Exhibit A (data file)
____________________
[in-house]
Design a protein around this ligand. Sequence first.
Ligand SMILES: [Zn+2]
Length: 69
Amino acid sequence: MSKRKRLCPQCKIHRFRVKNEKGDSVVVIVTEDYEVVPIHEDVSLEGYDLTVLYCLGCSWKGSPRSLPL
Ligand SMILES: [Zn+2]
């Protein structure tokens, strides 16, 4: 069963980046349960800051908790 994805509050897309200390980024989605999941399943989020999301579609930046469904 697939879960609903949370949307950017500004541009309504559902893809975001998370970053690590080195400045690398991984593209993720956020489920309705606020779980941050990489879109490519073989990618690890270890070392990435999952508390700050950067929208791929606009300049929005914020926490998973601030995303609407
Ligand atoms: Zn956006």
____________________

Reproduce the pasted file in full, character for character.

[in-house]
Design a protein around this ligand. Sequence first.
Ligand SMILES: [Zn+2]
Length: 69
Amino acid sequence: MSKRKRLCPQCKIHRFRVKNEKGDSVVVIVTEDYEVVPIHEDVSLEGYDLTVLYCLGCSWKGSPRSLPL
Ligand SMILES: [Zn+2]
């Protein structure tokens, strides 16, 4: 069963980046349960800051908790 994805509050897309200390980024989605999941399943989020999301579609930046469904 697939879960609903949370949307950017500004541009309504559902893809975001998370970053690590080195400045690398991984593209993720956020489920309705606020779980941050990489879109490519073989990618690890270890070392990435999952508390700050950067929208791929606009300049929005914020926490998973601030995303609407
Ligand atoms: Zn956006």